Tuesday, December 2, 2014

Battle of Franklin

While Sherman's army was on its infamous march to the sea, the Confederate army under Hood which had been driven out of Atlanta was not idle. Hood led his men North, hoping to cut Sherman's supply line with the aid of Nathan Bedford Forrest's cavalry, forcing him to turn North to chase the Confederates. At first Sherman's movements were hampered by troops that he positioned to watch for Hood. But finally he decided to head off south, leaving the army of George Thomas to cope with Hood. Hood's hope was that by moving into Tennessee he would force Sherman to turn back from his march across Georgia to pursue him.

The Confederates marched quickly, trying to destroy separate Union corps before they could unite. On November 29th, Hood sent two corps to flank John Scofield's two infantry corps. The rebels were able to reach a position from which they had a great opportunity to strike the Yankees, but through mistakes of the Confederate command the attack was never made. That night Schofield moved 12 miles north to Franklin, Tennessee. The Confederates followed the next day, and found the Federals in an entrenched position. The aggressive John Bell Hood was determined to destroyed the Federals before they made it to the even stronger works of Nashville, so he ordered a frontal attack to be made that evening. Some of his generals expressed worry at the formidable works, but they were determined to capture them. As the famed Patrick Cleburne said, "[I]f we are to die, let us die like men."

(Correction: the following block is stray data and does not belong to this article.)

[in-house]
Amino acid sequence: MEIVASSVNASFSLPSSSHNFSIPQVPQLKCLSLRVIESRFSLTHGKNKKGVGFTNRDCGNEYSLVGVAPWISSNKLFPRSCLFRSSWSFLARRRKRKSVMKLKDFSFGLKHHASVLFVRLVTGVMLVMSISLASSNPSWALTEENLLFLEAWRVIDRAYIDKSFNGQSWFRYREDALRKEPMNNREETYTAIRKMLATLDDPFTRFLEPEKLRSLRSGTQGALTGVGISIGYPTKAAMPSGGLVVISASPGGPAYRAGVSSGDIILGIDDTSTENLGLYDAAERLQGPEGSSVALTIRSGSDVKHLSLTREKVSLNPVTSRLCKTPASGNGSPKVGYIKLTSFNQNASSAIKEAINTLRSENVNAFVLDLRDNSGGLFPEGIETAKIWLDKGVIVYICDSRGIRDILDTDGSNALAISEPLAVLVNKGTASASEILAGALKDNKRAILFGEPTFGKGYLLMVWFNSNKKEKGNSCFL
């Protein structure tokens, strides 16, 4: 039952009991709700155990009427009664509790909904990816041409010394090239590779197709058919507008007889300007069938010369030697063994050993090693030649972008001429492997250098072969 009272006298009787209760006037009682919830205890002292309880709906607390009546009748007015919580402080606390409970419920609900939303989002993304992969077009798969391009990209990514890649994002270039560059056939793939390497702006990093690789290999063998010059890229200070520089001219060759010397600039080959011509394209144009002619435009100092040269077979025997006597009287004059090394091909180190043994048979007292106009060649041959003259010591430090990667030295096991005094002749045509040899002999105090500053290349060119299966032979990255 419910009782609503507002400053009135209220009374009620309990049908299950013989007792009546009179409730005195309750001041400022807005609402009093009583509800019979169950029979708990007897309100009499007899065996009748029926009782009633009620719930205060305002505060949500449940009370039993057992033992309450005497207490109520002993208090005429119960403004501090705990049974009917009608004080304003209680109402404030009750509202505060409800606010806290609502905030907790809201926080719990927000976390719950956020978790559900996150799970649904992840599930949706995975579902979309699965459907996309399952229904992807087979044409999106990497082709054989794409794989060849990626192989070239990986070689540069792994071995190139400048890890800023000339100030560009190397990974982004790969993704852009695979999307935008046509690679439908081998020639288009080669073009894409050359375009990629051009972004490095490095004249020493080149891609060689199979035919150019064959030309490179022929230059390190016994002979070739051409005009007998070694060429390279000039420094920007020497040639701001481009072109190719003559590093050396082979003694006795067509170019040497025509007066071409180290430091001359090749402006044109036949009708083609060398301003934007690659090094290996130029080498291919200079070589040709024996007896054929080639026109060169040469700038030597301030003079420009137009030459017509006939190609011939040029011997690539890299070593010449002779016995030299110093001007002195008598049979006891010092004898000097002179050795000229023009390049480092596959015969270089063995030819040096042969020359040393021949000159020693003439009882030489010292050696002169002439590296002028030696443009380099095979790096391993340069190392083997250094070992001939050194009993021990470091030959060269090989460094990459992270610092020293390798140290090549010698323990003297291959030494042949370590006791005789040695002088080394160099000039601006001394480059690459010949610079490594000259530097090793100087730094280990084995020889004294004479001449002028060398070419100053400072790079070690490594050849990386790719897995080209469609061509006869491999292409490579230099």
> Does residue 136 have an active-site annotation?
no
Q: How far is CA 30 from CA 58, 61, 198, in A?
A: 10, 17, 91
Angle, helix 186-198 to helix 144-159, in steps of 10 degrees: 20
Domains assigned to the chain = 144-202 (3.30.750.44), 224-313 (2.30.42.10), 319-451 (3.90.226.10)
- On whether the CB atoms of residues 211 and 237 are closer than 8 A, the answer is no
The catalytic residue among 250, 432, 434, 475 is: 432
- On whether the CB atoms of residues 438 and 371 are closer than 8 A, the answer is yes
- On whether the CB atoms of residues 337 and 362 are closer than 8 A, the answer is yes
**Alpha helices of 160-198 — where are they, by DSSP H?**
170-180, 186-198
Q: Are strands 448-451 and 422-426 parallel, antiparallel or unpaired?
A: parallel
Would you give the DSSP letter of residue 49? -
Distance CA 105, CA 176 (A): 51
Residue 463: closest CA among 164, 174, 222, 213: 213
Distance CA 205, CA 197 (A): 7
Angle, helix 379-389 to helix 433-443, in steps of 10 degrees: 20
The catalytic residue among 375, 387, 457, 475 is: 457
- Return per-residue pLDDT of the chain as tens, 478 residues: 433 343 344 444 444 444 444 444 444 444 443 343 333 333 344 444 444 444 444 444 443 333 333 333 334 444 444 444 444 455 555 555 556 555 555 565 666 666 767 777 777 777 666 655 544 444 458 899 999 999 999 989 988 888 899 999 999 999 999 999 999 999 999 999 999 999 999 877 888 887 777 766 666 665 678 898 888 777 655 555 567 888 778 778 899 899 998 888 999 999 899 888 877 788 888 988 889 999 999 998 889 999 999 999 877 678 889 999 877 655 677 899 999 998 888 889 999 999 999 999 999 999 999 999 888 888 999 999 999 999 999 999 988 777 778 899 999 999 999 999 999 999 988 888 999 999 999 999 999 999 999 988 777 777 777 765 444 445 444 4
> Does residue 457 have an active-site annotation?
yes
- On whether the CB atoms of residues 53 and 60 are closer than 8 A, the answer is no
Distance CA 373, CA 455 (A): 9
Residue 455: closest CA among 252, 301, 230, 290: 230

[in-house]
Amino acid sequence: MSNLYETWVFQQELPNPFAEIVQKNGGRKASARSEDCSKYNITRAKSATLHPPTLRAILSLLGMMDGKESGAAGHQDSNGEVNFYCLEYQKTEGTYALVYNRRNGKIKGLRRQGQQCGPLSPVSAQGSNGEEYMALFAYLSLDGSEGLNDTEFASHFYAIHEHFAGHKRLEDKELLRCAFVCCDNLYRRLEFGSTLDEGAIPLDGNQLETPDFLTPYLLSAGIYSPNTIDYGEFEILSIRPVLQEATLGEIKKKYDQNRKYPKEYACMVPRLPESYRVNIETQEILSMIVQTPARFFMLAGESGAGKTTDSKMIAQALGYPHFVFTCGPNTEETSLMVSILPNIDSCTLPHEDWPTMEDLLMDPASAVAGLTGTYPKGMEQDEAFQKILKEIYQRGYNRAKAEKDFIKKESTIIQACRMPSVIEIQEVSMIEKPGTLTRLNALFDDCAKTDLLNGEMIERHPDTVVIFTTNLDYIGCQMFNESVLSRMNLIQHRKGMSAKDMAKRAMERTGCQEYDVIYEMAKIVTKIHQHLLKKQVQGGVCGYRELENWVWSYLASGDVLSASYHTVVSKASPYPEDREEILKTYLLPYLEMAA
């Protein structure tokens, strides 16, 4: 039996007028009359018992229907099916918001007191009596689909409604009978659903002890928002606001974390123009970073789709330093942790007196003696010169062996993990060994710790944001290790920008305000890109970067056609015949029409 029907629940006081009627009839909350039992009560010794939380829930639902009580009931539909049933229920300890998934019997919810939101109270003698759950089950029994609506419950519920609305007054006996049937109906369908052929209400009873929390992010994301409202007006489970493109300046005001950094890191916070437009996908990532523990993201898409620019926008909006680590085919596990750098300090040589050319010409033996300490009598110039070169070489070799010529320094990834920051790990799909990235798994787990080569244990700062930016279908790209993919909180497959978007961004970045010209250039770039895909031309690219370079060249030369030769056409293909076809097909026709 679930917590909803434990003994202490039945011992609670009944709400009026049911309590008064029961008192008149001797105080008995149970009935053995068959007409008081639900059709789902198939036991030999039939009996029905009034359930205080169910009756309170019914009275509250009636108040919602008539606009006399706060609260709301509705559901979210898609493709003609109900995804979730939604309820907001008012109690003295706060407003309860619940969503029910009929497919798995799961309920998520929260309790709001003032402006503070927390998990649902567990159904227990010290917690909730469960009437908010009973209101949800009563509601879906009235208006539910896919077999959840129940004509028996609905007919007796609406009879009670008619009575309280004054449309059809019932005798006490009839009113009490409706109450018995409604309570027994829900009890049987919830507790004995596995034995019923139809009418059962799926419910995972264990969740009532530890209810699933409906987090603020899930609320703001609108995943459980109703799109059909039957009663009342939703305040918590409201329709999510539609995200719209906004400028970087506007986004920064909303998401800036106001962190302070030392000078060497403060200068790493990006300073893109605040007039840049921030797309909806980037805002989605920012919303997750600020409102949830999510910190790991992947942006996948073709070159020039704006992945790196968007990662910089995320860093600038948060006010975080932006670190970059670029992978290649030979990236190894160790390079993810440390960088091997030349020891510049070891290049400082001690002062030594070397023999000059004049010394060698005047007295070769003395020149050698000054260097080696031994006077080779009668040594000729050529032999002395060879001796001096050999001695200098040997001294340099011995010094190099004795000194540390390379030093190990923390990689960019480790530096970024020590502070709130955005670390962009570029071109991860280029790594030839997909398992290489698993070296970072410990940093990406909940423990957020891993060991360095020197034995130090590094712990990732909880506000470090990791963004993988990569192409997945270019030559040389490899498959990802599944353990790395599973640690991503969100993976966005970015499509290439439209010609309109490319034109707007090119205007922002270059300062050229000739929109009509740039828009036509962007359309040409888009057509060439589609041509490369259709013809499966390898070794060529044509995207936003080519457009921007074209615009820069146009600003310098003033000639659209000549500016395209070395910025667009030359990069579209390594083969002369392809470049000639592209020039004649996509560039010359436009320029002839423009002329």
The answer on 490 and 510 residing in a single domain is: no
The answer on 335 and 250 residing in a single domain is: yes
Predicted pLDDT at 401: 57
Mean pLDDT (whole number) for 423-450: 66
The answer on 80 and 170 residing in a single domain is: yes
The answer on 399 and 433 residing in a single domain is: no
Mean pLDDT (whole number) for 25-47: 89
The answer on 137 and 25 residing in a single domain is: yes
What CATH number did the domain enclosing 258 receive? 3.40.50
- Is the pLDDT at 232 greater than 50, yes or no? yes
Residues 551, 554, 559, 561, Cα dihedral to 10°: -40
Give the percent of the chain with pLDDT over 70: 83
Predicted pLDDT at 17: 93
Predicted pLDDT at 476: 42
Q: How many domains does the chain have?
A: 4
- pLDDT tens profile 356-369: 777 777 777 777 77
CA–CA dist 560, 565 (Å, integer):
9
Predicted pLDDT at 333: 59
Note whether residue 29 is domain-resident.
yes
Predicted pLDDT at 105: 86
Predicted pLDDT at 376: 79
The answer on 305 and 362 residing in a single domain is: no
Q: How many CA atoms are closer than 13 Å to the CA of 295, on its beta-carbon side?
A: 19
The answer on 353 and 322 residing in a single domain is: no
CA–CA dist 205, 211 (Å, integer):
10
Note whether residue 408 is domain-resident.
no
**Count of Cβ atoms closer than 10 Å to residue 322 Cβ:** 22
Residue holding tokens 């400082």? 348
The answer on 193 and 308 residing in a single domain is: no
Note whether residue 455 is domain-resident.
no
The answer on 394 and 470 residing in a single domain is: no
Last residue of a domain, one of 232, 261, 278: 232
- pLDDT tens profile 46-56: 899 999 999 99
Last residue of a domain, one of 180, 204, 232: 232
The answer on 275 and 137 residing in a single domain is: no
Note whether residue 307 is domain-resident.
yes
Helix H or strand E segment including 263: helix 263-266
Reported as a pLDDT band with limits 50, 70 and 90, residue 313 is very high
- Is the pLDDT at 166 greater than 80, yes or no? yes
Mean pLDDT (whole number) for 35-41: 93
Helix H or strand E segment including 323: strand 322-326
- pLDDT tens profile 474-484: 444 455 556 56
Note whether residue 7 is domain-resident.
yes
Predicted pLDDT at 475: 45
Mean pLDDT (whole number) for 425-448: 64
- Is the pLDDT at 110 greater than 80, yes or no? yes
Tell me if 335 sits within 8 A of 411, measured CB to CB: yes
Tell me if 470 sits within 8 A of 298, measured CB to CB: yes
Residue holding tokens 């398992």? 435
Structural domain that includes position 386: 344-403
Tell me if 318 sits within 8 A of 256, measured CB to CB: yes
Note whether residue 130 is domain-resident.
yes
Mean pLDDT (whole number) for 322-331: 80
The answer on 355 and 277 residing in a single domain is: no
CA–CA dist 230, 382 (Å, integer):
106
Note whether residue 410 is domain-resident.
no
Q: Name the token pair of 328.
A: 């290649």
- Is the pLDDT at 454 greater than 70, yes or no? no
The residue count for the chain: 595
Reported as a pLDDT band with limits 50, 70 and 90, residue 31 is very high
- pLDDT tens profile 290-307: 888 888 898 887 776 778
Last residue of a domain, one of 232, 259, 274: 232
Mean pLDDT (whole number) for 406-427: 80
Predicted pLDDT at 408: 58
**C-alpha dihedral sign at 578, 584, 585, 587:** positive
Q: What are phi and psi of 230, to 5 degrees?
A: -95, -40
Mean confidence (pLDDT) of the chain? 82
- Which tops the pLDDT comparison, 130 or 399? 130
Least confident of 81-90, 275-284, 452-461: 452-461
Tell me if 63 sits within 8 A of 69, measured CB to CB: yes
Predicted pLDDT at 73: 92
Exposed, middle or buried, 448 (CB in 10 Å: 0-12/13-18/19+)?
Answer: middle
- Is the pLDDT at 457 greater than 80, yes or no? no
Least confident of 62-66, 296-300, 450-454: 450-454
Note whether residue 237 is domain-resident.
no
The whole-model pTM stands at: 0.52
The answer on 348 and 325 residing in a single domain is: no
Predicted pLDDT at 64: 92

On the evening of November 30, Hood's 20,000 men charged across two miles of open ground against the prepared Federal works. They first smashed two advance Federal brigades, and in the center of the line around the Carter House, they broke through the main line. Federals quickly counterattacked, and after hours of hand to hand fighting contained the Confederate foothold, and finally regained their lines. The Confederate attack was eventually beaten back all along the line. This charge has been called by many the Pickett's Charge of the West, but in many ways it far exceeded it. The gallant Confederates at Franklin were attacking earthworks. They suffered 6,000 casualties, many more than Pickett, including Cleburne and eleven other generals. Although the Federal army retreated the next day, the Confederate Army of the Tennessee was crushed.


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